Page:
New SEC Search Tool Finds Inadequate Human and Workers’ Rights Disclosure in Financial Filings
Standouts discuss risks and opportunities, but few report financial implications
May 31, 2018 /3BL Media/ - Ceres and CookESG Research released a new tool for identifying corporate disclosure of human and workers’ rights risks and opportunities in annual financial filings. The tool covers more than 5,000 U.S. and foreign companies’ filings (10-K, 20-F and 40-F) to the U.S. Securities and Exchange Commission. The SEC search tool also expands Ceres’ work to address investors’ concerns about improving the disclosure of decision-useful sustainability information in mandatory filings.
“In an era when companies face growing scrutiny for their human and workers’ rights policies and practices, and greater responsibilities for helping to address global sustainability threats, improving disclosure of the associated financial risks and opportunities to investors is an imperative,” said Jim Coburn, senior manager of disclosure at Ceres.
On critical issues of human rights and workers’ rights, the tool shows examples of good practice disclosure. But even these examples fail to detail the financial implications of these risks and opportunities. Given the financial risks human rights and workers’ rights issues pose in many industries, investors are increasingly taking stock of opportunities for improved disclosures so they can better integrate human and workers’ rights risks into their corporate engagements and investment decision-making.
The search tool captures information--where it is disclosed--about internationally recognized human rights such as freedom of association, the right to collective bargaining, non-discrimination, and the elimination of forced and child labor. The tool categorizes disclosure as four types, providing investors information on the following: human rights policies and practices, equal employment and anti-discrimination, workers’ rights and workplace practices, and social license to operate.
Using the tool to review 2015-2018 disclosures, Ceres and CookESG Research found that S&P 500 companies disclosed more information about workers’ rights and workplace practices than about human rights, equal employment, and anti-discrimination policies. Foreign companies generally disclosed more information than their U.S. competitors. Overall, however, companies failed to detail the financial implications of human and workers’ rights-related risks and opportunities.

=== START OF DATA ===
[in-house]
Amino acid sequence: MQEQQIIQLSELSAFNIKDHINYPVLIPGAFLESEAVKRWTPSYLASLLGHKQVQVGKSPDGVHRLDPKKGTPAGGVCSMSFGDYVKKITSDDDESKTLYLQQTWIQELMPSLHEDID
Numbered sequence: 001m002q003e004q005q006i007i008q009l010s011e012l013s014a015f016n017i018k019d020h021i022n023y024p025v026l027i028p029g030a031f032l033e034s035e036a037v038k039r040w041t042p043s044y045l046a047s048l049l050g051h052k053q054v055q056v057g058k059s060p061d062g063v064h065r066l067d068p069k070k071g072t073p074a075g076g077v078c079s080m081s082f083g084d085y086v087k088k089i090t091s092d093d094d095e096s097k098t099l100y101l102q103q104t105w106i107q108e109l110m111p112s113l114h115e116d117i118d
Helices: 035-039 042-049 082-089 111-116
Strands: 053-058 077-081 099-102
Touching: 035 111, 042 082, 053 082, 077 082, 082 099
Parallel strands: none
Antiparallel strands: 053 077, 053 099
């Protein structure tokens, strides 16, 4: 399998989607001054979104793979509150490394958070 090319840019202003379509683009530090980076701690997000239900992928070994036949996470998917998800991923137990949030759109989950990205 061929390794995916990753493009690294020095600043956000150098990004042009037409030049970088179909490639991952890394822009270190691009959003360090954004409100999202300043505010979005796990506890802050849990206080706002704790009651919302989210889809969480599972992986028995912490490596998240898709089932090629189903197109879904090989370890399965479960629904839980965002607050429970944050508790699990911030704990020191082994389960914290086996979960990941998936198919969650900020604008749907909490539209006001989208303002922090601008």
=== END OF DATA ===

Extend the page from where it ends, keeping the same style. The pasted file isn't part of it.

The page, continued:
For industry sectors with at least 10 companies analyzed, chemical, medical equipment manufacturers and oil and gas companies disclosed the most information about human rights. However, business services, electronics and insurance services companies disclosed the least amount of information.
“Increasingly, investors are recognizing that human rights, worker treatment and community relations intersect with environmental and governance issues and are material sources of business strength and business risk,” said Jackie Cook, head of CookESG Research. “Discussion of their impacts belongs in annual financial reporting to shareholders.”
Examples of corporate disclosures found by the tool include:
- Human rights due diligence – Communications and information technology company Nokia --“[W]e have identified the potential misuse of the products and technology we provide, as the most salient human rights risk in our operations...In 2017, to increase transparency, we became the first telecoms vendor to publish real human rights due diligence cases to increase the dialogue and understanding of the issues vendors can face. We run human rights due diligence processes as part of our global sales process, to further mitigate the potential risks of product misuse.”
- Supply chain human rights – Beverages bottler and consumer goods company Coca-Cola European Partners -- “We are also working to embed sustainability, ethics and human rights within our supply chain…CCEP's Human Rights Policy is guided by international human rights principles encompassed in the Universal Declaration of Human Rights, the International Labour Organisation's Declaration on Fundamental Principles and Rights at Work, the United Nations Global Compact and the United Nations Guiding Principles on Business and Human Rights. In 2017, we published our first response to the UK Modern Slavery Act, and will publish further updates on our progress on embedding human rights and sustainability in our supply chain in our 2017 Stakeholder Progress Report.”
- Gender diversity – Oil and gas exploration and production company Equinor (formerly Statoil) -- “During 2017, we continued to analyse the diversity of our pipeline, at all levels and in all locations, to ensure continued improvement in our representation. In 2017, the overall percentage of women in the company was 30 percent. The percentage of women in the board of directors is 40 percent...The percentage of women in leadership positions was 28 percent in 2017.”
- Board responsibility for sustainability issues – Intercontinental Hotels discussed the role of its Corporate Responsibility Committee, including, “Monitoring delivery of the Group’s Responsible Business targets for 2013-2017, and establishing new targets for 2018–2020 [and] Reviewing Environmental, Social, Community and Human Rights issues including the Group’s Modern Slavery Statement and the Group’s approach to responsible procurement.”
The search tool, introduced in 2014 by Ceres and CookESG Research, also provides users the ability to search for disclosures on these sustainability issues: climate change, water risk, carbon asset risk, and hydraulic fracturing.
Ceres is a sustainability nonprofit organization working with the most influential investors and companies to build leadership and drive solutions throughout the economy. For more information, visit www.ceres.org and follow @CeresNews.